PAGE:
As drafted, the Build Illinois Homes Tax Credit Act would dedicate $35 million each year to a new fund that the state would make available to developers who have already secured federal Low-Income Housing Tax Credits but need more subsidy to attract investors and lenders. Legislators considered adding the program to a 2021 omnibus housing package that included a range of other affordability measures, but they decided instead to seed new affordable housing construction with $225 million in grants from the American Rescue Plan Act.
The infusion of federal cash “has really been a lifeline to affordable housing projects that have faced increased costs” from inflation and rising interest rates, Clements said. But the money will run dry in Fiscal Year 2024, which begins on July 1.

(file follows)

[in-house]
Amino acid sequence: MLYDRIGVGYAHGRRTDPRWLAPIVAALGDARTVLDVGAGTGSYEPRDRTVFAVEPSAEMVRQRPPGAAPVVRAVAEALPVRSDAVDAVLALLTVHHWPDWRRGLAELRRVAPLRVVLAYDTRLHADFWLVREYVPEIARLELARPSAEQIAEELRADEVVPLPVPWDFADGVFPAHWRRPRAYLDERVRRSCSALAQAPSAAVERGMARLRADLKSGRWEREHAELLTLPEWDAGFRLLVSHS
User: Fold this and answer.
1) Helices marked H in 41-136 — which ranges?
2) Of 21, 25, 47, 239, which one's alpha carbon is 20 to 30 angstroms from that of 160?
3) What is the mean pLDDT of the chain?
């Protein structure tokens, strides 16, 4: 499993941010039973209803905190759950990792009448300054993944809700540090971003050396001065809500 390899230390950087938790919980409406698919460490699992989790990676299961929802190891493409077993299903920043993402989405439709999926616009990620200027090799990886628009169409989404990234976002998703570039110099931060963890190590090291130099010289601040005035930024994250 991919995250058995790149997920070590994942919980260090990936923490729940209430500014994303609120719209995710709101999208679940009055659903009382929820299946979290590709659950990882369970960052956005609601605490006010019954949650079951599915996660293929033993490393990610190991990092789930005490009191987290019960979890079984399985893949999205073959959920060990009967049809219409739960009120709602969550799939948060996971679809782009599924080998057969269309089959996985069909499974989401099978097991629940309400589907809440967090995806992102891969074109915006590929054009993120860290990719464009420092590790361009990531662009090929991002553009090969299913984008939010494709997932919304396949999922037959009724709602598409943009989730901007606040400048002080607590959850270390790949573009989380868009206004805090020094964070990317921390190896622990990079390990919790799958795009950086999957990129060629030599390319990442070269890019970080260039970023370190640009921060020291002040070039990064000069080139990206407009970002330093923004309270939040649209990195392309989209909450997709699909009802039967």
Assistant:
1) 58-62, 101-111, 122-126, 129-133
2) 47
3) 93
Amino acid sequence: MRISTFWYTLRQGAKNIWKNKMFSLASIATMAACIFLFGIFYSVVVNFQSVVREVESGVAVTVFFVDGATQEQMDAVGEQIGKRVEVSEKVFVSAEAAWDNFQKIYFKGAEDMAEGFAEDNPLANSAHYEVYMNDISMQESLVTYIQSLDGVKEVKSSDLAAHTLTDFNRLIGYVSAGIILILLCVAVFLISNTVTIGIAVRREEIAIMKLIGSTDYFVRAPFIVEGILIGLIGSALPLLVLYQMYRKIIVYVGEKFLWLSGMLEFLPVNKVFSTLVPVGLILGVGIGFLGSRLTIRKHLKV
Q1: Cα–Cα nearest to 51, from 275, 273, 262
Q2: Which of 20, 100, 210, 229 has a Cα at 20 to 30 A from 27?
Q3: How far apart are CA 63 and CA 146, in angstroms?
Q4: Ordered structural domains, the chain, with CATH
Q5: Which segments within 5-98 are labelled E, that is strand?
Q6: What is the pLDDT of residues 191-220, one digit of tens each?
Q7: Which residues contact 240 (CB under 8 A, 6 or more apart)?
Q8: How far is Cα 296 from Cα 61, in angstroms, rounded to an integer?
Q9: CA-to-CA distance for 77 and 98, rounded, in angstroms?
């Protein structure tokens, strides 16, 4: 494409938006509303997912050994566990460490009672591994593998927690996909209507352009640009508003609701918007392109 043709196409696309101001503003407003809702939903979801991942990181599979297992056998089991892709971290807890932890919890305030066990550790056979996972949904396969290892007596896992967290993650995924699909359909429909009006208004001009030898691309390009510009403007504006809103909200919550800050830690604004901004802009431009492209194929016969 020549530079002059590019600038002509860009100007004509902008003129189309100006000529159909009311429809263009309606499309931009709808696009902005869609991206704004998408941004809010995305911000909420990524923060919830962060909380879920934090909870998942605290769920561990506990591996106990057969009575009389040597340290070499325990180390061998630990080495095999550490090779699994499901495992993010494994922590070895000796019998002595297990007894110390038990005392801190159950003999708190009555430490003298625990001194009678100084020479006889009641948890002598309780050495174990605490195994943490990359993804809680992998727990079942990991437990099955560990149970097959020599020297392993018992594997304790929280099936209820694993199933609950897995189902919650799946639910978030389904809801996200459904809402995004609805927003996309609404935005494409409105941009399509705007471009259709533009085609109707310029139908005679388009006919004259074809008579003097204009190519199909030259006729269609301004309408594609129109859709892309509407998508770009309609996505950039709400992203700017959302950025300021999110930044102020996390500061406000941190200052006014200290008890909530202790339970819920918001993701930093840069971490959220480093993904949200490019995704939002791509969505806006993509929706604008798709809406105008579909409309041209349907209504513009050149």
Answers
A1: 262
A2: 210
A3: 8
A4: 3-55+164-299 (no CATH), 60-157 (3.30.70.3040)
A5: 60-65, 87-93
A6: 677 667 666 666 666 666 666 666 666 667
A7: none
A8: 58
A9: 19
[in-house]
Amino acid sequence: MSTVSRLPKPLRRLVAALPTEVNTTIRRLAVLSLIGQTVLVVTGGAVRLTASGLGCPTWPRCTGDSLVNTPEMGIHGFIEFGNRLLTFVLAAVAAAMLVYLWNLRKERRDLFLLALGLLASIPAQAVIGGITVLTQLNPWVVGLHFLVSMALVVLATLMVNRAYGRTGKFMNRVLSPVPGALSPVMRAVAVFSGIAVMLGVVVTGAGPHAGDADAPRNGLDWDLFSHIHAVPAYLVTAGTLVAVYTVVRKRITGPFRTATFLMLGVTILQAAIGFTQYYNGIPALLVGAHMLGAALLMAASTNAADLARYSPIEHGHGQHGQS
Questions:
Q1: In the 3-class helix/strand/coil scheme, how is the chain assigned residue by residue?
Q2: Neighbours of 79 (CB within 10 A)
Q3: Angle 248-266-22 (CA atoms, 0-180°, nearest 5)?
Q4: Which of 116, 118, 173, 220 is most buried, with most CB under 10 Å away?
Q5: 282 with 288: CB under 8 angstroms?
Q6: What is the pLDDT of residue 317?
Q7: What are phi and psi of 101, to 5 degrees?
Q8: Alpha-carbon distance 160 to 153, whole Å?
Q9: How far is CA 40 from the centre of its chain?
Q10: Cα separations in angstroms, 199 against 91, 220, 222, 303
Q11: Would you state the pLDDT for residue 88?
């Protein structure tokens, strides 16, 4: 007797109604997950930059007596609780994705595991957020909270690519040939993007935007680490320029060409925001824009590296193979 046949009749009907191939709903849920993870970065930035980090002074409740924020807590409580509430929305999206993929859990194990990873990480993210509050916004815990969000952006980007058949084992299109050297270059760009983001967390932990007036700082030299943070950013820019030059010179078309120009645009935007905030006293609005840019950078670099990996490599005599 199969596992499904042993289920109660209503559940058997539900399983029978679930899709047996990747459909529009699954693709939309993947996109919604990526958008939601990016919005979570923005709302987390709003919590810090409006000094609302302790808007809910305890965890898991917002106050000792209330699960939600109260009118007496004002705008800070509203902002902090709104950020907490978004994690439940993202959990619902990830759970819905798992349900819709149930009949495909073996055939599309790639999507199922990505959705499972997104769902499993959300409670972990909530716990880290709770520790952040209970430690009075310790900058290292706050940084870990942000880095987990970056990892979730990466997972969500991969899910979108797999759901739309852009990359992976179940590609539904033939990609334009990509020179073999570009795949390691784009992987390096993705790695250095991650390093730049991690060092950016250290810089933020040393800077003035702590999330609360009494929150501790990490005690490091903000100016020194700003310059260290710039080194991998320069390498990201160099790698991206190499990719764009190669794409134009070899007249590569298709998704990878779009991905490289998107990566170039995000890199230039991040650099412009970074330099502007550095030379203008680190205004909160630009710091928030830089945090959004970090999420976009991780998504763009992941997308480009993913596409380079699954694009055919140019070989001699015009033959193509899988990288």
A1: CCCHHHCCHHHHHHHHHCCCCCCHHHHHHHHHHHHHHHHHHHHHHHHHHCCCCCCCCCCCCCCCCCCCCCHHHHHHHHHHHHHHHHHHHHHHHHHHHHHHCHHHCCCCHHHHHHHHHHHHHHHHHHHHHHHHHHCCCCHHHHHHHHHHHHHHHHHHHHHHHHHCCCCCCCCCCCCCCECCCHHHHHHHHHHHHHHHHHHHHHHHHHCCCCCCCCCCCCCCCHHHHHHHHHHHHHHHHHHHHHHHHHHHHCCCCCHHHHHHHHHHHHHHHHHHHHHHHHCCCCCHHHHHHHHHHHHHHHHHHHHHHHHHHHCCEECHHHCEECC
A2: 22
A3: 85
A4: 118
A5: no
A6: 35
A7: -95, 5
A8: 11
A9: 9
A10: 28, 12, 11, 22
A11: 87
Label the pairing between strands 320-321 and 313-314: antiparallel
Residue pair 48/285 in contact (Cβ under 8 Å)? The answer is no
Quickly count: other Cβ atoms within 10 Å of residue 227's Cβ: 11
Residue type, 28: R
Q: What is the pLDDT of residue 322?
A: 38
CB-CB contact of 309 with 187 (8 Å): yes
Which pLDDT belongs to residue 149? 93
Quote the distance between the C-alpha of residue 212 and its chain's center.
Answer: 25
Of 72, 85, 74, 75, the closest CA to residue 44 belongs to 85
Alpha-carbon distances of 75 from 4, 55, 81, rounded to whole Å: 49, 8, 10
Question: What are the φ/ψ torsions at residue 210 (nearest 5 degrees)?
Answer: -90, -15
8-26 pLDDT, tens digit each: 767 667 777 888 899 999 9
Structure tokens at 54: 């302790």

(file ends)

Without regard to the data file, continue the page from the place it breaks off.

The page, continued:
Most of the money from the proposed tax credit would be awarded through the Illinois Housing Development Authority, but about 25% would be routed through the Chicago Department of Housing, which awards Low-Income Housing Tax Credits to about a dozen affordable housing developers every two years.
The money would generate about $60 million in new annual equity for affordable housing construction in Chicago, enough to bankroll as many as 500 new affordable apartments in the city each year, according to Marisa Novara, commissioner of the Chicago Department of Housing.
“That’s a big deal for us,” Novara said in an interview. She noted that Chicago often leaves federal tax credits on the table because the city can’t come up with enough additional subsidies to make them attractive to developers.
“We don’t have a lot of cash resources to match the Low-Income Housing Tax Credits we get,” Novara said. “The problem is that those credits are not set up to cover the entire deal.”
The Chicago Department of Housing has signed onto the Build Illinois Homes tax credit bill as a supporter, Novara said.